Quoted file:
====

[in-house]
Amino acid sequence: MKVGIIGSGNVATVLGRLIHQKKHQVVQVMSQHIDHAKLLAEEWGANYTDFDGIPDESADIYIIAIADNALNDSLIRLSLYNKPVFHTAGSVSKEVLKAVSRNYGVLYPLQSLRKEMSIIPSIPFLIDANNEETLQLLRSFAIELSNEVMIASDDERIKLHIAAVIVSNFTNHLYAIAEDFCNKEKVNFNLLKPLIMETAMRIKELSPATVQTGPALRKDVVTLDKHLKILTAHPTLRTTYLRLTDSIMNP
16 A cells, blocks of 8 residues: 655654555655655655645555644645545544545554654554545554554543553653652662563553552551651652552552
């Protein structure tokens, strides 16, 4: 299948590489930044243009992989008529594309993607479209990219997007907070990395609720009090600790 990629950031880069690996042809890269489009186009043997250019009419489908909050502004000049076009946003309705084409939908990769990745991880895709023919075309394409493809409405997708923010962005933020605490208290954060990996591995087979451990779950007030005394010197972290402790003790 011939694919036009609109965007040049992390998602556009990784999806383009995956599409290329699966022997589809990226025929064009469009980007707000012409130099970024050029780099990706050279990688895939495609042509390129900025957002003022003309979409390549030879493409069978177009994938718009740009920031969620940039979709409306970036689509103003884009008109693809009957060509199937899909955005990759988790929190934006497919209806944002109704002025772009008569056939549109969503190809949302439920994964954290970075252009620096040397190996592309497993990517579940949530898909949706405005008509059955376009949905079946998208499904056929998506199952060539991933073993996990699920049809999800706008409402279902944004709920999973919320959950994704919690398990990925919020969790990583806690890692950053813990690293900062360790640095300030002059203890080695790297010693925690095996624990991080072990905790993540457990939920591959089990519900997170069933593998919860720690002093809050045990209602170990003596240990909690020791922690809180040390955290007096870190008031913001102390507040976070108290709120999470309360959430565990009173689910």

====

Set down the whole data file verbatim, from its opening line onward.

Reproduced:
[in-house]
Amino acid sequence: MKVGIIGSGNVATVLGRLIHQKKHQVVQVMSQHIDHAKLLAEEWGANYTDFDGIPDESADIYIIAIADNALNDSLIRLSLYNKPVFHTAGSVSKEVLKAVSRNYGVLYPLQSLRKEMSIIPSIPFLIDANNEETLQLLRSFAIELSNEVMIASDDERIKLHIAAVIVSNFTNHLYAIAEDFCNKEKVNFNLLKPLIMETAMRIKELSPATVQTGPALRKDVVTLDKHLKILTAHPTLRTTYLRLTDSIMNP
16 A cells, blocks of 8 residues: 655654555655655655645555644645545544545554654554545554554543553653652662563553552551651652552552
């Protein structure tokens, strides 16, 4: 299948590489930044243009992989008529594309993607479209990219997007907070990395609720009090600790 990629950031880069690996042809890269489009186009043997250019009419489908909050502004000049076009946003309705084409939908990769990745991880895709023919075309394409493809409405997708923010962005933020605490208290954060990996591995087979451990779950007030005394010197972290402790003790 011939694919036009609109965007040049992390998602556009990784999806383009995956599409290329699966022997589809990226025929064009469009980007707000012409130099970024050029780099990706050279990688895939495609042509390129900025957002003022003309979409390549030879493409069978177009994938718009740009920031969620940039979709409306970036689509103003884009008109693809009957060509199937899909955005990759988790929190934006497919209806944002109704002025772009008569056939549109969503190809949302439920994964954290970075252009620096040397190996592309497993990517579940949530898909949706405005008509059955376009949905079946998208499904056929998506199952060539991933073993996990699920049809999800706008409402279902944004709920999973919320959950994704919690398990990925919020969790990583806690890692950053813990690293900062360790640095300030002059203890080695790297010693925690095996624990991080072990905790993540457990939920591959089990519900997170069933593998919860720690002093809050045990209602170990003596240990909690020791922690809180040390955290007096870190008031913001102390507040976070108290709120999470309360959430565990009173689910």